My Chronic Reproductive Disease isn’t a “Detail,” Neither is Not Being Pregnant

 

 My chronic reproductive disease isn’t a ‘detail,’ neither is not being pregnant

I still remember my first pack: the soft, lime-colored case. The sticky days-of-the-week strips. The array of white and pale pink circles.

For most women, a birth control prescription might mean sweet, I can have fun tonight without getting pregnant. And I certainly did: indulging in an overflowing bowl of Cheetos, outlining games of M. A. S. H. with my gel pens and contorting on the Twister board like my newfound fertility depended on it.

As I sat in a circle of 11-year-old girls with unfortunate side ponytails, our Truth or Dare tradition became hijacked by the sexy adulthood placebo peeking out of my pocket.

“So, are you, like, a slut now?”

“Is this why your boobs are so big? I mean, who’s a C-cup in sixth grade?

These questions might seem offensive. They are nothing, however, compared to what the Trump administration is now asking and expecting of reproductive-aged women.

I have consistently been on some sort of birth control since middle school, ever since I started bleeding for weeks, throwing up from cramps and, occasionally, even missing full schooldays.

Befuddled doctors have declared that I have polycystic ovary syndrome, endometriosis or premenstrual dysphoric disorder. I still don’t have a clear consensus on what’s wrong with me.

Yet I can rule one element out: the fact that I use birth control — like 39 million other American women, 90 percent of those at risk for unplanned pregnancy according to recent data in the journal “Contraception” — isn’t a problem.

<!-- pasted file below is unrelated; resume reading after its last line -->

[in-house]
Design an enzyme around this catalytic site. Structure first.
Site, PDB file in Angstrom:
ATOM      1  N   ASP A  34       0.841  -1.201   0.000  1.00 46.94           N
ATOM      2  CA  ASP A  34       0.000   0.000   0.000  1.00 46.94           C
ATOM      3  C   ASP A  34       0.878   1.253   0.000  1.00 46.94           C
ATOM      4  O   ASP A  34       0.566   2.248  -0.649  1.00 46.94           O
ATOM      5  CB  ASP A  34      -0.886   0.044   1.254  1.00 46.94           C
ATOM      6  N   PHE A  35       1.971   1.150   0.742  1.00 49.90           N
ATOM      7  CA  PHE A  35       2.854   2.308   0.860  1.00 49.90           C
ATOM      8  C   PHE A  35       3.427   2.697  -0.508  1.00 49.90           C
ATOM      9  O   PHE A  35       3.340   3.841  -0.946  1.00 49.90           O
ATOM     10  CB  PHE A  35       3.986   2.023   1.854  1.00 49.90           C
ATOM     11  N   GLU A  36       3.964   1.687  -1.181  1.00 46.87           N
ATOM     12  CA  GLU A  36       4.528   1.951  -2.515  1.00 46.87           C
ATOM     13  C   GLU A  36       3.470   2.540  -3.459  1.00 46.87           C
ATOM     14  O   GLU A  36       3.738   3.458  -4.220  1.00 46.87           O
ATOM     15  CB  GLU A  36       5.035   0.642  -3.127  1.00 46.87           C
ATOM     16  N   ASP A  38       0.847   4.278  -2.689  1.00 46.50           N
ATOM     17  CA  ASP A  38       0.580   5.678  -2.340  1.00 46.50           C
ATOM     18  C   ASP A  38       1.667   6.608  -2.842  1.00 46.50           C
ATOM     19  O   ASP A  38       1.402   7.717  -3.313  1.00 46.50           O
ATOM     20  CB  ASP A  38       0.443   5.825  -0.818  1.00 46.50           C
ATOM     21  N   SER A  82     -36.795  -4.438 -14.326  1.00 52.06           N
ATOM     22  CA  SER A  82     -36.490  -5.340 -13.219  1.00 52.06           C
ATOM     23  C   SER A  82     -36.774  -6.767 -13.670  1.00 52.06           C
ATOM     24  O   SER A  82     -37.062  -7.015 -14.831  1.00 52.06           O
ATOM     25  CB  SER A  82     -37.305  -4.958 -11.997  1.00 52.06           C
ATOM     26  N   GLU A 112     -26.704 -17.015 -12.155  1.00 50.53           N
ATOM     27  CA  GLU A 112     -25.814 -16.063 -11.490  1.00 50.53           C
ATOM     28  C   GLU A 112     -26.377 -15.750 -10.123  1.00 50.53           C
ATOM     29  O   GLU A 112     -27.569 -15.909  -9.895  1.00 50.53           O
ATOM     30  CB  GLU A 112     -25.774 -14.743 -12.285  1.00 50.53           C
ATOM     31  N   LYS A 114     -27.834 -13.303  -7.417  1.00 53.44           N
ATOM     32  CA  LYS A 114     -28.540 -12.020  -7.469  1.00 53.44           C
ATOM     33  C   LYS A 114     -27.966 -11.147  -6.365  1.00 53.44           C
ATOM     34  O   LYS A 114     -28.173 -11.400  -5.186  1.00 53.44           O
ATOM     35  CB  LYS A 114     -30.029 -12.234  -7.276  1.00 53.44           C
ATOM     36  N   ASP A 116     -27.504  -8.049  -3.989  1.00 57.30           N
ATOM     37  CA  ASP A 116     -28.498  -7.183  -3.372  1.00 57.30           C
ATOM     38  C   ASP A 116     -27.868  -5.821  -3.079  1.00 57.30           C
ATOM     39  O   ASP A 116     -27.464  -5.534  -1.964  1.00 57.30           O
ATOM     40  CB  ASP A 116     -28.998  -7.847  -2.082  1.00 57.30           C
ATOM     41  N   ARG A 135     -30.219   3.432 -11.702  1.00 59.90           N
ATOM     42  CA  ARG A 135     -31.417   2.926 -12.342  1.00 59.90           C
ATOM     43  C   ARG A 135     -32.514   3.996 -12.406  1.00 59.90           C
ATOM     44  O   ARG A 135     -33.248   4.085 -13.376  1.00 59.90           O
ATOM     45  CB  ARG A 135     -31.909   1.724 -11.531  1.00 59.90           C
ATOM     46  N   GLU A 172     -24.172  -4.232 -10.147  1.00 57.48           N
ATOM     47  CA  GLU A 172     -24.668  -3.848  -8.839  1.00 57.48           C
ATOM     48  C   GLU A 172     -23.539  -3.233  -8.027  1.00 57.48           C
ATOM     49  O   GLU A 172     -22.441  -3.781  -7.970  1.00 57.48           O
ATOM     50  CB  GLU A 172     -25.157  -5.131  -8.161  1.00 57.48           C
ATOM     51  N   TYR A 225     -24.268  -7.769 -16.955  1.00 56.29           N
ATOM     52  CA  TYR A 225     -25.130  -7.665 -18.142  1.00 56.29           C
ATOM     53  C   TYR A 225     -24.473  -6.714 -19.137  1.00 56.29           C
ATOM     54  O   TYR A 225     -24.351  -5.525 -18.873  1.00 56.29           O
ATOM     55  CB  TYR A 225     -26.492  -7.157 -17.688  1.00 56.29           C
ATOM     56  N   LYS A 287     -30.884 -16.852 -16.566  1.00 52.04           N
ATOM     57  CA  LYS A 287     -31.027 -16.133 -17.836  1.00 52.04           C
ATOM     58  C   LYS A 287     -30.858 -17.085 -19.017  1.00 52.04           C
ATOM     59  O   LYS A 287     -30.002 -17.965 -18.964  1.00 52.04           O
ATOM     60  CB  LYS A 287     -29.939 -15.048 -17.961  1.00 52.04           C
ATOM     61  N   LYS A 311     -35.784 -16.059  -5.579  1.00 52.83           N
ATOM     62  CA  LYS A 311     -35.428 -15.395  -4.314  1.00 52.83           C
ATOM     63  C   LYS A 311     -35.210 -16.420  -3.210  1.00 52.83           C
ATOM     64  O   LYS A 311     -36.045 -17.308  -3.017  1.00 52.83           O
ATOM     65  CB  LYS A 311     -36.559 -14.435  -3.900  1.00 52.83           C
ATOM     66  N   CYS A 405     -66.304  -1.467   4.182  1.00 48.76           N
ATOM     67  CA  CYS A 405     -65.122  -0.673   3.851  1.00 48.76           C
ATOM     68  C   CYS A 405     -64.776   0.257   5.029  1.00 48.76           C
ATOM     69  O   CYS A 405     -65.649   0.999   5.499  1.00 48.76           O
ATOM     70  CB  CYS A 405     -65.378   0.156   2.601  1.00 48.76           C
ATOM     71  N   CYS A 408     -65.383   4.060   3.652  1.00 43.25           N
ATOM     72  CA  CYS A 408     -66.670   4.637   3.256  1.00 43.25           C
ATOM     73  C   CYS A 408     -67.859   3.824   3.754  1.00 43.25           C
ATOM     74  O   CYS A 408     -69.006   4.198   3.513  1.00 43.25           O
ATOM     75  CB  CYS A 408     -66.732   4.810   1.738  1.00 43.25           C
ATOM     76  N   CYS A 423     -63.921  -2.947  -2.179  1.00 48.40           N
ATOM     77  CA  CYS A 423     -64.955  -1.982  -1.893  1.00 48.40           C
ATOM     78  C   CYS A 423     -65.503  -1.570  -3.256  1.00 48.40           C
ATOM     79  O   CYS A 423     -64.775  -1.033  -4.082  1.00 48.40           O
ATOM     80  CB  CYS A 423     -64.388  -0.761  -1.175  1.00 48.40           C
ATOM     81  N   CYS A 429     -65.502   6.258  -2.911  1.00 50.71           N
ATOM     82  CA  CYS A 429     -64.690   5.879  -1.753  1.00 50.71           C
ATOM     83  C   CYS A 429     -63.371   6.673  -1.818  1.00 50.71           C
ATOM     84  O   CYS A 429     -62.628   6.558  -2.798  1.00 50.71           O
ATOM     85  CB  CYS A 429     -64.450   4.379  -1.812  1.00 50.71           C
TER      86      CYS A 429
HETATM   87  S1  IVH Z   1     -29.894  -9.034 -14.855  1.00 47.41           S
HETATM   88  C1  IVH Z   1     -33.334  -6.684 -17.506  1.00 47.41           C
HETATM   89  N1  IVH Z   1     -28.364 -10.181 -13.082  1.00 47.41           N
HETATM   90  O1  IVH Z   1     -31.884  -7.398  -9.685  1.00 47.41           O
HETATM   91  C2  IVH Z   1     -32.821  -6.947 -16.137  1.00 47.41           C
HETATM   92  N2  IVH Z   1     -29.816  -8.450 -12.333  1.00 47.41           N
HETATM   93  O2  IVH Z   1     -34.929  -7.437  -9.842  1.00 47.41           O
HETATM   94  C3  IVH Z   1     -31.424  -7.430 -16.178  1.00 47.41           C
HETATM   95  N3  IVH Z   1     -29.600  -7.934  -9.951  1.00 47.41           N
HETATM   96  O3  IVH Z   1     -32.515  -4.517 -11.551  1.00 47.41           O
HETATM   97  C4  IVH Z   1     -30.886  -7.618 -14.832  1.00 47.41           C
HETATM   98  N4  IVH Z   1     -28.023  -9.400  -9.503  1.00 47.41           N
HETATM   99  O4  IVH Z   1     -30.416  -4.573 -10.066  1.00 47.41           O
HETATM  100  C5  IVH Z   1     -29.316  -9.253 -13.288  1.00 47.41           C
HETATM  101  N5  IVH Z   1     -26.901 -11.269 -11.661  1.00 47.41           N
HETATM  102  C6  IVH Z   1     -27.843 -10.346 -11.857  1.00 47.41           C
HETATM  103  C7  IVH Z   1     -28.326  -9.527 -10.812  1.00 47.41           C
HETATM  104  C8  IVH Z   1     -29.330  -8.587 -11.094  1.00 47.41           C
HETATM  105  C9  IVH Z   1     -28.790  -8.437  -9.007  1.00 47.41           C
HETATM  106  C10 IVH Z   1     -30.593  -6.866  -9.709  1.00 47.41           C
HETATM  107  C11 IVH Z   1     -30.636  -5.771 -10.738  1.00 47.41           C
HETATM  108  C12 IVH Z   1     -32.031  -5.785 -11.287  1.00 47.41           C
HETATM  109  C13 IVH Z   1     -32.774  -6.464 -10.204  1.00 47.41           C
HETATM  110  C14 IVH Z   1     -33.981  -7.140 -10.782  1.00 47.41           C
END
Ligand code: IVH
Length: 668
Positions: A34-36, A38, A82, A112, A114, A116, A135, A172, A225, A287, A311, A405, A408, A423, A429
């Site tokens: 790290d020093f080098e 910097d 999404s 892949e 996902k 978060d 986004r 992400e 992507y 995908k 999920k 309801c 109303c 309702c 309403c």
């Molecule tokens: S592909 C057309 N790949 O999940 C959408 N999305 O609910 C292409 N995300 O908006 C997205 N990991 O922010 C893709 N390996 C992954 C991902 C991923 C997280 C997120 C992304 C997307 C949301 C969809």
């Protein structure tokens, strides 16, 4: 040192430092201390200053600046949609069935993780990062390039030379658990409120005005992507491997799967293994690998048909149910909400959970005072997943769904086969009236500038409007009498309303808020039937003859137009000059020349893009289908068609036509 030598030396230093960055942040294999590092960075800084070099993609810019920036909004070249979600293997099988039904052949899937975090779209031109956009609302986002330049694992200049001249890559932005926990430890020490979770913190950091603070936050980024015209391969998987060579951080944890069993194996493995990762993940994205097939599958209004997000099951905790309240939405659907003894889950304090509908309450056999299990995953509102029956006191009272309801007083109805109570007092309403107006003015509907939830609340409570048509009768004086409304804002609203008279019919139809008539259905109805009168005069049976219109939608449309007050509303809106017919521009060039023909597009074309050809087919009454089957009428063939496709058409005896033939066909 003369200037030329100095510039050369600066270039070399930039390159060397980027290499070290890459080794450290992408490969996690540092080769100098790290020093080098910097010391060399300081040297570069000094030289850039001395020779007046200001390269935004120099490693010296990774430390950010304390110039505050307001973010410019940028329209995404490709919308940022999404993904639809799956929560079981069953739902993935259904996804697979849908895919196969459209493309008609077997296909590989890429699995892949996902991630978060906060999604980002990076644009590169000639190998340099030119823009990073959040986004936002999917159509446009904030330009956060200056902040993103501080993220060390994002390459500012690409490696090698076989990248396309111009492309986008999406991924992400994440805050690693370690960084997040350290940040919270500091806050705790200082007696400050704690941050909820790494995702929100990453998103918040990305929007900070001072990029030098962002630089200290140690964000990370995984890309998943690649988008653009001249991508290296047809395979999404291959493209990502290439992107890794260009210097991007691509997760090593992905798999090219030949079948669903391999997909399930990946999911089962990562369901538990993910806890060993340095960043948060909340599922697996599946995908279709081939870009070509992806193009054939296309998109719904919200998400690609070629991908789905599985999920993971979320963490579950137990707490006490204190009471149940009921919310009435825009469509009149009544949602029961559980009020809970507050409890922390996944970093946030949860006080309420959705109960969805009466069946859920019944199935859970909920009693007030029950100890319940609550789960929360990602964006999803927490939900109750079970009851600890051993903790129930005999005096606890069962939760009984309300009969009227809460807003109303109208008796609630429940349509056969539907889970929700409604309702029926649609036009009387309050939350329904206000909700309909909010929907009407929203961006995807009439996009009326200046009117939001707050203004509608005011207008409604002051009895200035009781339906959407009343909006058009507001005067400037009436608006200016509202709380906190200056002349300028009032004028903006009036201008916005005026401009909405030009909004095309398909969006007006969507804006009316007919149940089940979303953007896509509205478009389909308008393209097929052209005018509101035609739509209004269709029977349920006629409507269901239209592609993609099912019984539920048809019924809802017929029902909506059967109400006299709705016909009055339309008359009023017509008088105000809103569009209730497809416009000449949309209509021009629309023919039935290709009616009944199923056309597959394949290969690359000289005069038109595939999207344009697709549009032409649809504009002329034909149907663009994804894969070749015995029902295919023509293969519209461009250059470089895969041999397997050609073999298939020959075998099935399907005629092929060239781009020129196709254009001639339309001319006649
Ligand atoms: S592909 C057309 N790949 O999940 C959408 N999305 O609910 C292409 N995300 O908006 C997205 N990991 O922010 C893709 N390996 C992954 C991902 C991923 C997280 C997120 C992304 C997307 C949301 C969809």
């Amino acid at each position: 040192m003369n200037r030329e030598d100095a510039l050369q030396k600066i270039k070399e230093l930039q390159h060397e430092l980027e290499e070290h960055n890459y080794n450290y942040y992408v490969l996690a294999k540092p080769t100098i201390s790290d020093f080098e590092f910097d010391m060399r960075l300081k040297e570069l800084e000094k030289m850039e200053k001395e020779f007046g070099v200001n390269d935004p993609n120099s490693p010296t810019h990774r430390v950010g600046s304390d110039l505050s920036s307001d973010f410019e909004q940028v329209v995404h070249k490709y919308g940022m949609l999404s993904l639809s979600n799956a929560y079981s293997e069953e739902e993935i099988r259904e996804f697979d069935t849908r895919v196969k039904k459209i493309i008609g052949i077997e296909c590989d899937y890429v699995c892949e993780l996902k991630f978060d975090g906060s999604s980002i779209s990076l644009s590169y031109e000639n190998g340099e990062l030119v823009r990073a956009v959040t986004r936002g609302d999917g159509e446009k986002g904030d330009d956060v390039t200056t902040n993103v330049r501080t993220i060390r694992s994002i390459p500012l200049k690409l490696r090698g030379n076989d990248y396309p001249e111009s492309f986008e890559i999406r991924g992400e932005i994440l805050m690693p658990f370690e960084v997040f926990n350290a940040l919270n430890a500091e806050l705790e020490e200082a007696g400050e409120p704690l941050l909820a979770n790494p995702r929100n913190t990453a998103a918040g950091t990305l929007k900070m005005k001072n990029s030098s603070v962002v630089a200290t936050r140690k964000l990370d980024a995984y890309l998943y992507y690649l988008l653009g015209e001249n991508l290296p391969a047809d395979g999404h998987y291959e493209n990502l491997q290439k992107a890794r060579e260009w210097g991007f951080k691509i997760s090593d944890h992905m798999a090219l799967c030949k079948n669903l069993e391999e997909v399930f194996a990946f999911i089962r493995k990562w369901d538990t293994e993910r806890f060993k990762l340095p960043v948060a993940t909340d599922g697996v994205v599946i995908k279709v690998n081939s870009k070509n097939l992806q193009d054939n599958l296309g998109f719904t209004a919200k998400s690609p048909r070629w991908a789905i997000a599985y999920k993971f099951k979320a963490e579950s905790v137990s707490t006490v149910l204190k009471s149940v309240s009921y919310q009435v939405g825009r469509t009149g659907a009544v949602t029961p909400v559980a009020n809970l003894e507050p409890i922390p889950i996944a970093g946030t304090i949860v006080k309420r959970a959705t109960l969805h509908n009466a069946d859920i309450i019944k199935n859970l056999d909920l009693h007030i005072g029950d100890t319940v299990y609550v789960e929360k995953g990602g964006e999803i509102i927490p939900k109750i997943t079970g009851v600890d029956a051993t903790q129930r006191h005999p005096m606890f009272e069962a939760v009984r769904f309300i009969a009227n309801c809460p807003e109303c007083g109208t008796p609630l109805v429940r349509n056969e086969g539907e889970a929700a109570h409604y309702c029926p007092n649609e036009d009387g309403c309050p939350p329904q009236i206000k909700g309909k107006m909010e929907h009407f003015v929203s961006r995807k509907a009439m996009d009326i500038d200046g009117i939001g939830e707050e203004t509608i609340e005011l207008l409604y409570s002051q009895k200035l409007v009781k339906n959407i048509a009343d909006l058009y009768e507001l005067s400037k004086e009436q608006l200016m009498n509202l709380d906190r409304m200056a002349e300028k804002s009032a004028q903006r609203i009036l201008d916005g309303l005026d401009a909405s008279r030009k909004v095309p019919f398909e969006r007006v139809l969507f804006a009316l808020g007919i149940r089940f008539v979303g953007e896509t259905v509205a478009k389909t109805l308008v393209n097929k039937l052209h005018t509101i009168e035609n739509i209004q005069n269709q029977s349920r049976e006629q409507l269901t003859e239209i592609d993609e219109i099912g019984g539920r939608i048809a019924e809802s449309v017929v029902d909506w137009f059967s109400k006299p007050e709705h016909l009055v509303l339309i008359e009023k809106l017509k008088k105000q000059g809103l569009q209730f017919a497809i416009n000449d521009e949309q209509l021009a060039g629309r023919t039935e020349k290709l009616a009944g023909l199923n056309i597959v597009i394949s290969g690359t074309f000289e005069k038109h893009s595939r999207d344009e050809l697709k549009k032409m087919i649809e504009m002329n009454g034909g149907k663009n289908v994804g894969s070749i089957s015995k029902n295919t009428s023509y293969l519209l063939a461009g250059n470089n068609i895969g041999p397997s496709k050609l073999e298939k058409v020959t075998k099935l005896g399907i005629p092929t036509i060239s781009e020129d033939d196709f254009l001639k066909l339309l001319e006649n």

For the past ten years, it’s been a much-needed solution.

As Trump’s promised repeal of Obamacare encroaches, women fear their birth control will become unaffordable and, therefore, inaccessible.

We fear policies like the newly instated Global Gag Rule will make it harder to speak unabashedly with our doctors and say, “This is what I need.”

We fear the Religious Freedom Restoration Act — now being clung to more tightly than ever — will shroud our valid health care concerns in arbitrary shame and sin.

And I, for one, am downright terrified of Speaker of the House Paul Ryan.

“Look, I’m not going to get into all the nitty-gritty details,” Ryan recently said on CNN, referring to whether birth control would still be cost-reduced after Obamacare’s repeal.

His smug tone reminded me of every clueless male teacher who’s asked, “Look, can’t you just go to the bathroom after class?” Umm, no, not exactly…

I can’t help but think about how different my life would be if I were not on birth control. I would have to skip classes, forgo most extracurriculars and spend weeks mostly in bed. My heating pad would become my go-to, wear-everywhere accessory (out of necessity, not because beige is now “in”).

If you think waking up in a pile of blood is a “nitty-gritty detail,” you haven’t watched many horror movies.

And for most women, affordable birth control is the difference between no kids and four. It’s the stark contrast of getting an education or having to drop out. It’s the decision factor between leaving an abusive relationship or fearfully “staying together for the kids.”

Furthermore, for those who believe life begins at conception, it’s a literal choice between life and death.

A 2012 study conducted in St. Louis found that free and cost-reduced birth control reduced abortion rates from 62 to 78 percent.

Therefore, the majority of government “pro-lifers” — who are currently striving to complicate birth control access while also vilifying abortion — should actually be Planned Parenthood’s biggest advocates.

However ironic, that isn’t the case. Instead, with today’s politicians shaming attitudes, the ignorant echo of my friend’s question, So are you, like, a slut now? isn’t hard to hear in every speech and, yes, every Tweet.

This time, I’m not afraid to respond. You can call me whatever you want, but this slut needs her damn NuvaRing.

klewis@unews.com

 

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